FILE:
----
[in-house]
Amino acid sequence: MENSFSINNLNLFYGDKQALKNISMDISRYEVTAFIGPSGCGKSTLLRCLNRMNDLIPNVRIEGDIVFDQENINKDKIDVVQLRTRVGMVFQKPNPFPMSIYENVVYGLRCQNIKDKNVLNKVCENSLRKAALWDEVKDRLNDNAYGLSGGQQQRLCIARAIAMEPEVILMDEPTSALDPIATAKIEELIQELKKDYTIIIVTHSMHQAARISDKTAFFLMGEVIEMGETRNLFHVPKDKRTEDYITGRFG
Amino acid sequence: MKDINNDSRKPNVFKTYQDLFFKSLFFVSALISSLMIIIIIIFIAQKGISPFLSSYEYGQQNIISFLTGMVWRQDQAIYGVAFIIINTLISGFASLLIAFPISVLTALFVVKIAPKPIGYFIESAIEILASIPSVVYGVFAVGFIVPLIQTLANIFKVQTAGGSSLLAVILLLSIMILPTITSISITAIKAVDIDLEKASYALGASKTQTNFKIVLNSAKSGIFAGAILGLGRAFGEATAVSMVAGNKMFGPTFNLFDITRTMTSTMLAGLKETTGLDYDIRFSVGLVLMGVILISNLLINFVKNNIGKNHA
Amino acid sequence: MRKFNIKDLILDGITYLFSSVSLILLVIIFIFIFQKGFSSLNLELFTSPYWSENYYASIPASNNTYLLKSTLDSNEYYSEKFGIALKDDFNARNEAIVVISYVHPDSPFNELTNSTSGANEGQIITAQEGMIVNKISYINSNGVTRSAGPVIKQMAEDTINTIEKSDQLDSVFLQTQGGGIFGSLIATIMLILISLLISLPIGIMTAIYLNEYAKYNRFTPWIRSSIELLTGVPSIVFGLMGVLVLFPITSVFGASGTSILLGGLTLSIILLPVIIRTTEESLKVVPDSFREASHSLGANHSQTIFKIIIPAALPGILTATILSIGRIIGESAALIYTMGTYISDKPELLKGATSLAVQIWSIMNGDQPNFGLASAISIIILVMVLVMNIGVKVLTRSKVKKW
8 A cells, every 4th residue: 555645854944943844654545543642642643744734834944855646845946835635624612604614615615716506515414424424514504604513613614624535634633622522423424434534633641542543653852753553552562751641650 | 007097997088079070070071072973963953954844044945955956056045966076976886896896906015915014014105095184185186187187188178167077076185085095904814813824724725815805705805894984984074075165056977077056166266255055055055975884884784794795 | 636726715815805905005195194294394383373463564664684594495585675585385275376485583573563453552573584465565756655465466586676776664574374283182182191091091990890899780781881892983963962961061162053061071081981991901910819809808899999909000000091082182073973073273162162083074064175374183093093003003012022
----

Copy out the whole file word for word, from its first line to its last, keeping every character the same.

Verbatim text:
[in-house]
Amino acid sequence: MENSFSINNLNLFYGDKQALKNISMDISRYEVTAFIGPSGCGKSTLLRCLNRMNDLIPNVRIEGDIVFDQENINKDKIDVVQLRTRVGMVFQKPNPFPMSIYENVVYGLRCQNIKDKNVLNKVCENSLRKAALWDEVKDRLNDNAYGLSGGQQQRLCIARAIAMEPEVILMDEPTSALDPIATAKIEELIQELKKDYTIIIVTHSMHQAARISDKTAFFLMGEVIEMGETRNLFHVPKDKRTEDYITGRFG
Amino acid sequence: MKDINNDSRKPNVFKTYQDLFFKSLFFVSALISSLMIIIIIIFIAQKGISPFLSSYEYGQQNIISFLTGMVWRQDQAIYGVAFIIINTLISGFASLLIAFPISVLTALFVVKIAPKPIGYFIESAIEILASIPSVVYGVFAVGFIVPLIQTLANIFKVQTAGGSSLLAVILLLSIMILPTITSISITAIKAVDIDLEKASYALGASKTQTNFKIVLNSAKSGIFAGAILGLGRAFGEATAVSMVAGNKMFGPTFNLFDITRTMTSTMLAGLKETTGLDYDIRFSVGLVLMGVILISNLLINFVKNNIGKNHA
Amino acid sequence: MRKFNIKDLILDGITYLFSSVSLILLVIIFIFIFQKGFSSLNLELFTSPYWSENYYASIPASNNTYLLKSTLDSNEYYSEKFGIALKDDFNARNEAIVVISYVHPDSPFNELTNSTSGANEGQIITAQEGMIVNKISYINSNGVTRSAGPVIKQMAEDTINTIEKSDQLDSVFLQTQGGGIFGSLIATIMLILISLLISLPIGIMTAIYLNEYAKYNRFTPWIRSSIELLTGVPSIVFGLMGVLVLFPITSVFGASGTSILLGGLTLSIILLPVIIRTTEESLKVVPDSFREASHSLGANHSQTIFKIIIPAALPGILTATILSIGRIIGESAALIYTMGTYISDKPELLKGATSLAVQIWSIMNGDQPNFGLASAISIIILVMVLVMNIGVKVLTRSKVKKW
8 A cells, every 4th residue: 555645854944943844654545543642642643744734834944855646845946835635624612604614615615716506515414424424514504604513613614624535634633622522423424434534633641542543653852753553552562751641650 | 007097997088079070070071072973963953954844044945955956056045966076976886896896906015915014014105095184185186187187188178167077076185085095904814813824724725815805705805894984984074075165056977077056166266255055055055975884884784794795 | 636726715815805905005195194294394383373463564664684594495585675585385275376485583573563453552573584465565756655465466586676776664574374283182182191091091990890899780781881892983963962961061162053061071081981991901910819809808899999909000000091082182073973073273162162083074064175374183093093003003012022